My high school French teacher, Mr. Rupert told me that there will be no announcement of his death and that he won't have a funeral. Whether or not his daughter and son will go along with those plans remains to be seen. But, I think I'm with Mr. Rupert on this one.
Mr. Rupert (Chuck) is a very religious man and I'm guessing he's sure he will see the people he cares about (in one form or another) after he dies. I assume he believes if a person didn't contact him while he was alive, then it's reasonable to maintain they don't need to know if he died. If they were truly a part of his life, they would know he's dead.
The announcement thing makes sense to me. Although, I'm kind of keen on the idea of writing my own obituary (for better or worse). And as far as a funeral goes - I absolutely hate the funeral industry and the thought that anyone would need to give their trust or money to those assholes on my behalf makes me sick.
Was that put in strong enough terms? I sure hope so. My reasons are pretty obvious. The amount of money funeral homes steal from vulnerable people with tactics based on grief and guilt is staggering. The services they provide are unnecessary and a detriment to people and the environment. I don't want any part of that.
As much as I hate the funeral industry that's not the only reason I don't want a conventional funeral. I think that Chuck and I both believe they are, at the least, an anachronism. Plus, everyone hates them.
I do understand the need for surviving family and friends to gather strength from seeing a community of people come together in love and grief. But, for the most part, the obligation to go to a funeral sucks. This is particularly true for all the people who are on the periphery of the dead person's life. And if I haven't prepared my loved ones for the fact that someday I won't be a part of their daily lives anymore, then I need to fix that as soon as possible.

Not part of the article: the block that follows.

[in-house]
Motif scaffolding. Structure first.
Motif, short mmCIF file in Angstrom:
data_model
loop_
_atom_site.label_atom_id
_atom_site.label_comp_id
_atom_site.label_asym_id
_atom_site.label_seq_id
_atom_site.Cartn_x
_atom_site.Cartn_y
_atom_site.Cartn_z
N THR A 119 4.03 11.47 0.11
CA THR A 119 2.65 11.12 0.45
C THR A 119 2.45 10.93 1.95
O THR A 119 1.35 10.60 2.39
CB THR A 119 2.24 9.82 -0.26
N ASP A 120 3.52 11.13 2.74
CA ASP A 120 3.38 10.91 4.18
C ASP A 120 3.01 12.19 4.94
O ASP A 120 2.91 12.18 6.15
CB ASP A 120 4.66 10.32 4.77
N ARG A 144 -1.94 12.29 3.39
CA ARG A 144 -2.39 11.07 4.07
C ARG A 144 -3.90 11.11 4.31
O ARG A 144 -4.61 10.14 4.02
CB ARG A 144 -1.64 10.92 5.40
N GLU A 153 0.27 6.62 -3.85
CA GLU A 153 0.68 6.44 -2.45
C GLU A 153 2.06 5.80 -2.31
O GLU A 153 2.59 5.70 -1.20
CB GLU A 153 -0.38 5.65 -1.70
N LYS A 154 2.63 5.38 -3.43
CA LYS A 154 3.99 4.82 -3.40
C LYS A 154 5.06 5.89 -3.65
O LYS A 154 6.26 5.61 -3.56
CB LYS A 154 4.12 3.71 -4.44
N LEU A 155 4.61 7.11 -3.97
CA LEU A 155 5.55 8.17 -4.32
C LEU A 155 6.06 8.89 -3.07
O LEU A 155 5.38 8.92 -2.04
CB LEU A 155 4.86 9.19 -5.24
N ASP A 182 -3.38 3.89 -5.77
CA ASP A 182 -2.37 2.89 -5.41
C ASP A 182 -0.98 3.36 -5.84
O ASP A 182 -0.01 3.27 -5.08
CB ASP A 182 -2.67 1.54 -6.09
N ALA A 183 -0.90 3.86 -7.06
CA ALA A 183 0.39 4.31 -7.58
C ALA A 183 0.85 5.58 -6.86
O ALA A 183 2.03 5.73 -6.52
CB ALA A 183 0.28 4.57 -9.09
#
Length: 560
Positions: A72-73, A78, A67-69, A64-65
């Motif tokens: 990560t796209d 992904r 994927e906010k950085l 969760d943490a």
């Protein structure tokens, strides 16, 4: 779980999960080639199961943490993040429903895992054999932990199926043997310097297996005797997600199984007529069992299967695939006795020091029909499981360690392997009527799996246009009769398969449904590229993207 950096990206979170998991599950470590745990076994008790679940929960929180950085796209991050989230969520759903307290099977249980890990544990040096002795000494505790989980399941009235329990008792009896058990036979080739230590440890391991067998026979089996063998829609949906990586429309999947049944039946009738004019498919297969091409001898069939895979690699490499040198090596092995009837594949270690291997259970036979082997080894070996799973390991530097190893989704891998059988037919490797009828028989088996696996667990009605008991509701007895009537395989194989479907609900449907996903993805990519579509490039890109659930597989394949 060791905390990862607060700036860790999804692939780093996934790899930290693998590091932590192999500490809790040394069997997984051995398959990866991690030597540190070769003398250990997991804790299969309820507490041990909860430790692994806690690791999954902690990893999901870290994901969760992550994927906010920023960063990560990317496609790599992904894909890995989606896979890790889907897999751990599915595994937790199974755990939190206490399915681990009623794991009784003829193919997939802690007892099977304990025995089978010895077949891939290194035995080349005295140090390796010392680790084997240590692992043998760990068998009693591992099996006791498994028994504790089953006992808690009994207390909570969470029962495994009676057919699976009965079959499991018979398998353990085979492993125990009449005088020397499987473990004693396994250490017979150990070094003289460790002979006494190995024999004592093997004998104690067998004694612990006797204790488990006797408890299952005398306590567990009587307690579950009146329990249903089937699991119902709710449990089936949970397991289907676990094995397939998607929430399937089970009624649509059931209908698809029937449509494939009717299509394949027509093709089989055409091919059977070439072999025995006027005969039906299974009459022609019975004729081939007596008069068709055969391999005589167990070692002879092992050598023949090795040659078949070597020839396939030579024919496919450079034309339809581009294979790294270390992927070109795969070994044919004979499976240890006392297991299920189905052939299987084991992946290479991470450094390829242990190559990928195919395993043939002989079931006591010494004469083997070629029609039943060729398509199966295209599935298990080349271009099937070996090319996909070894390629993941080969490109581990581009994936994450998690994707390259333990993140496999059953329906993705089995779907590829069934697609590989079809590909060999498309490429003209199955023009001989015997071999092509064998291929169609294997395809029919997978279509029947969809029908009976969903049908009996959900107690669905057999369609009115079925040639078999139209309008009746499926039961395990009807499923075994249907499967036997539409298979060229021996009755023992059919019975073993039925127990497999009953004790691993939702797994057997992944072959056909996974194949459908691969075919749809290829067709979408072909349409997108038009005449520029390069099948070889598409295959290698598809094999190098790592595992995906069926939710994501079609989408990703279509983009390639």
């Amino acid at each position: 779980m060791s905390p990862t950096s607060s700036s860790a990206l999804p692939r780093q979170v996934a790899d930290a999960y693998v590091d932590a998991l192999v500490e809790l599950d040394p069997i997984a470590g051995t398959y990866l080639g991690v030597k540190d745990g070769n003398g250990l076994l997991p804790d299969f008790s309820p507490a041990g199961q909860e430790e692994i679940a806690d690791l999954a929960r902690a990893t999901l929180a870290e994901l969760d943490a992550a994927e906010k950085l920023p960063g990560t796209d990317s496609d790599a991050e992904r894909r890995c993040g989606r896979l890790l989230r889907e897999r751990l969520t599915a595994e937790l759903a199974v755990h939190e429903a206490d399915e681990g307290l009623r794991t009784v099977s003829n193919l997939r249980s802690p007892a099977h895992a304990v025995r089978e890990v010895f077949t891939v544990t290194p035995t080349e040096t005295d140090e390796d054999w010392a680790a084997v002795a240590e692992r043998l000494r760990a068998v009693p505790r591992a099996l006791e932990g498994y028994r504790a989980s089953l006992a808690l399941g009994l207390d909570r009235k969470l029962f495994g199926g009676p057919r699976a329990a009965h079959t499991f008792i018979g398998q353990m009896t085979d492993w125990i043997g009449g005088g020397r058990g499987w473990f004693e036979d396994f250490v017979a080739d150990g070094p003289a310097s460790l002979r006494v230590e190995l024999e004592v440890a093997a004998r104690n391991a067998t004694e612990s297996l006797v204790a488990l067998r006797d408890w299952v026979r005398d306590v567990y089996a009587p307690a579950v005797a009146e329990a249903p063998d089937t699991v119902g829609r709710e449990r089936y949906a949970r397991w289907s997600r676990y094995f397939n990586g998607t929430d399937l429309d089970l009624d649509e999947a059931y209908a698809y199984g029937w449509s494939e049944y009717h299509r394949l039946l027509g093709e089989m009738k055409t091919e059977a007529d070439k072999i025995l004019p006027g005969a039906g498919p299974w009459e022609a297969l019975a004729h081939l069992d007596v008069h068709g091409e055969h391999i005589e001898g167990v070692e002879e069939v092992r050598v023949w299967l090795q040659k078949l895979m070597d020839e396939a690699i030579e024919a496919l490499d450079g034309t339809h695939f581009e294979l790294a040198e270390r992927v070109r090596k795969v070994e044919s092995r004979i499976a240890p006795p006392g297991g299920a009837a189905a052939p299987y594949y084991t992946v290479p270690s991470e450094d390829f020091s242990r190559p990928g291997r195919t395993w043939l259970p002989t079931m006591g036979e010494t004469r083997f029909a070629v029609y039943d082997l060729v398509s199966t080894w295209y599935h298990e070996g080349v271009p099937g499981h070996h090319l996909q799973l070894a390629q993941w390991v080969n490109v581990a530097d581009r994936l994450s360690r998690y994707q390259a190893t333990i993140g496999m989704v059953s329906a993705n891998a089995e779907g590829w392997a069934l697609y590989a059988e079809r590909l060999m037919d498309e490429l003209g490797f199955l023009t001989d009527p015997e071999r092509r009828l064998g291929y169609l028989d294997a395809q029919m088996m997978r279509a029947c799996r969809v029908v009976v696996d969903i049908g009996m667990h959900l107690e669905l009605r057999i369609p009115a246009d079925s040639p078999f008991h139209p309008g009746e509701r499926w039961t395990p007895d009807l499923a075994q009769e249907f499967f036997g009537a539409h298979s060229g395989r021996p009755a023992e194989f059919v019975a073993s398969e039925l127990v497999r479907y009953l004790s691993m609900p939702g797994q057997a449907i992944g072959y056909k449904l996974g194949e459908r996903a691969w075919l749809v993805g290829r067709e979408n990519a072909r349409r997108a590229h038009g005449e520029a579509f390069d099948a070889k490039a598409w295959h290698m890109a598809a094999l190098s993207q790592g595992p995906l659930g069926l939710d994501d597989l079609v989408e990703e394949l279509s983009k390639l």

My guess is that my family will get together and have a celebration of life. Ugh. Although I do remember when Grandma Gertie died, some of the family gathered at a place for breakfast and had a great time talking about memories and thinking about the times we shared with Grandma. The love I felt was almost exhilarating. It was an incredible boon. So, I'm hoping that when I die, family and friends will have an excuse to gather - but not with the expensive, formulaic guidance of a traditional funeral. My hope is they'll head to a nice restaurant and have a nice meal. They will look at each other with loving eyes, listen to the soothing sound of familiar voices, and remember that our impermanence is what makes every person precious and worthy of appreciation while they are still alive.
Chuck and I won't have funerals. He's going to heaven. I love Chuck and for a myriad of reasons the man deserves heaven. As for me, according to the little card in my wallet, I'll be headed to the UW Body Donor Program.